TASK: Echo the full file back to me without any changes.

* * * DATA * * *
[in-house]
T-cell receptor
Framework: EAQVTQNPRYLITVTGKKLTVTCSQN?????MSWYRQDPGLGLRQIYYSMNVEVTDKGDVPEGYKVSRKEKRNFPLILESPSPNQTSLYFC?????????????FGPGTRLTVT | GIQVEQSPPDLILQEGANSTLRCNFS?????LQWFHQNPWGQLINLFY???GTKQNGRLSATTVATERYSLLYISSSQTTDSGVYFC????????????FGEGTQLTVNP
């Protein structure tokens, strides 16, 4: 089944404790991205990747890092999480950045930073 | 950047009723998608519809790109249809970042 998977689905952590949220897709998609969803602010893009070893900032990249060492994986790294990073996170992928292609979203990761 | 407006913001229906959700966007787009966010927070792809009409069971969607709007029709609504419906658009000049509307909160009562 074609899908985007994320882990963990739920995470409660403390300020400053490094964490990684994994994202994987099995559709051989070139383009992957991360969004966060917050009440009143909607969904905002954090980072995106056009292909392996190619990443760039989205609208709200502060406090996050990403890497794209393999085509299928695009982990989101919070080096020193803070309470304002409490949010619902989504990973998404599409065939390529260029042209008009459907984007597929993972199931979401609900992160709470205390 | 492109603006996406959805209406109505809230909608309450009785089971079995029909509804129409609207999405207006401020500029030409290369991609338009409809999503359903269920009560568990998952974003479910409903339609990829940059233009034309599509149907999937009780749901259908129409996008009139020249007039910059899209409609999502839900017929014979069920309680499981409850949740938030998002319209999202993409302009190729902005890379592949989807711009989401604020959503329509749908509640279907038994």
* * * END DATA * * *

[in-house]
T-cell receptor
Framework: EAQVTQNPRYLITVTGKKLTVTCSQN?????MSWYRQDPGLGLRQIYYSMNVEVTDKGDVPEGYKVSRKEKRNFPLILESPSPNQTSLYFC?????????????FGPGTRLTVT | GIQVEQSPPDLILQEGANSTLRCNFS?????LQWFHQNPWGQLINLFY???GTKQNGRLSATTVATERYSLLYISSSQTTDSGVYFC????????????FGEGTQLTVNP
């Protein structure tokens, strides 16, 4: 089944404790991205990747890092999480950045930073 | 950047009723998608519809790109249809970042 998977689905952590949220897709998609969803602010893009070893900032990249060492994986790294990073996170992928292609979203990761 | 407006913001229906959700966007787009966010927070792809009409069971969607709007029709609504419906658009000049509307909160009562 074609899908985007994320882990963990739920995470409660403390300020400053490094964490990684994994994202994987099995559709051989070139383009992957991360969004966060917050009440009143909607969904905002954090980072995106056009292909392996190619990443760039989205609208709200502060406090996050990403890497794209393999085509299928695009982990989101919070080096020193803070309470304002409490949010619902989504990973998404599409065939390529260029042209008009459907984007597929993972199931979401609900992160709470205390 | 492109603006996406959805209406109505809230909608309450009785089971079995029909509804129409609207999405207006401020500029030409290369991609338009409809999503359903269920009560568990998952974003479910409903339609990829940059233009034309599509149907999937009780749901259908129409996008009139020249007039910059899209409609999502839900017929014979069920309680499981409850949740938030998002319209999202993409302009190729902005890379592949989807711009989401604020959503329509749908509640279907038994």